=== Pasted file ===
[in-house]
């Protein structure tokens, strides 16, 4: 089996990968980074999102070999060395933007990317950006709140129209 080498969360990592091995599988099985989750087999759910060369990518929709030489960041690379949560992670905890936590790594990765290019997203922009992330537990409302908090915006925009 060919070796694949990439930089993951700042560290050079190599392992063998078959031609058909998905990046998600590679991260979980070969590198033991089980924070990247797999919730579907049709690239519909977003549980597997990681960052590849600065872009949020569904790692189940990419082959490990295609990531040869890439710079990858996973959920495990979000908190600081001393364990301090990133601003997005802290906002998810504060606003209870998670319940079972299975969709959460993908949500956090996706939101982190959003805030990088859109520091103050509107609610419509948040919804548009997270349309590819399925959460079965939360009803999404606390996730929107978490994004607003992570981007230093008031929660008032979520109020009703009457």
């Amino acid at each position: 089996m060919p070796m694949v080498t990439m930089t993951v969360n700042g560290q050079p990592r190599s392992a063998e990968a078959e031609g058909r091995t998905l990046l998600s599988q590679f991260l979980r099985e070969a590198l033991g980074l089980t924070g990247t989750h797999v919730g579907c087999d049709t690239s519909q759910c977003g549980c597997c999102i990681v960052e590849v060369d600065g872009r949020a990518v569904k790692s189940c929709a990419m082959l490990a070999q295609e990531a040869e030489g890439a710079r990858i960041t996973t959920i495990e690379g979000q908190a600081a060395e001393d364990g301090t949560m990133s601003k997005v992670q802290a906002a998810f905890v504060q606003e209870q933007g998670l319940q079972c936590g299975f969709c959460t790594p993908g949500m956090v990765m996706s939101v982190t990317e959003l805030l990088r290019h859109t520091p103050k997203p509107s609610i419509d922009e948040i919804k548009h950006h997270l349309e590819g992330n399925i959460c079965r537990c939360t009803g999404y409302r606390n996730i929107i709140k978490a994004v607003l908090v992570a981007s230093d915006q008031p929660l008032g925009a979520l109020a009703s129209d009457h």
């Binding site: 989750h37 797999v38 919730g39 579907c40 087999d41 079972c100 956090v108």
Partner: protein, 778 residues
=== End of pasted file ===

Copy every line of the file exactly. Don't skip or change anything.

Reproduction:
[in-house]
């Protein structure tokens, strides 16, 4: 089996990968980074999102070999060395933007990317950006709140129209 080498969360990592091995599988099985989750087999759910060369990518929709030489960041690379949560992670905890936590790594990765290019997203922009992330537990409302908090915006925009 060919070796694949990439930089993951700042560290050079190599392992063998078959031609058909998905990046998600590679991260979980070969590198033991089980924070990247797999919730579907049709690239519909977003549980597997990681960052590849600065872009949020569904790692189940990419082959490990295609990531040869890439710079990858996973959920495990979000908190600081001393364990301090990133601003997005802290906002998810504060606003209870998670319940079972299975969709959460993908949500956090996706939101982190959003805030990088859109520091103050509107609610419509948040919804548009997270349309590819399925959460079965939360009803999404606390996730929107978490994004607003992570981007230093008031929660008032979520109020009703009457």
């Amino acid at each position: 089996m060919p070796m694949v080498t990439m930089t993951v969360n700042g560290q050079p990592r190599s392992a063998e990968a078959e031609g058909r091995t998905l990046l998600s599988q590679f991260l979980r099985e070969a590198l033991g980074l089980t924070g990247t989750h797999v919730g579907c087999d049709t690239s519909q759910c977003g549980c597997c999102i990681v960052e590849v060369d600065g872009r949020a990518v569904k790692s189940c929709a990419m082959l490990a070999q295609e990531a040869e030489g890439a710079r990858i960041t996973t959920i495990e690379g979000q908190a600081a060395e001393d364990g301090t949560m990133s601003k997005v992670q802290a906002a998810f905890v504060q606003e209870q933007g998670l319940q079972c936590g299975f969709c959460t790594p993908g949500m956090v990765m996706s939101v982190t990317e959003l805030l990088r290019h859109t520091p103050k997203p509107s609610i419509d922009e948040i919804k548009h950006h997270l349309e590819g992330n399925i959460c079965r537990c939360t009803g999404y409302r606390n996730i929107i709140k978490a994004v607003l908090v992570a981007s230093d915006q008031p929660l008032g925009a979520l109020a009703s129209d009457h």
């Binding site: 989750h37 797999v38 919730g39 579907c40 087999d41 079972c100 956090v108």
Partner: protein, 778 residues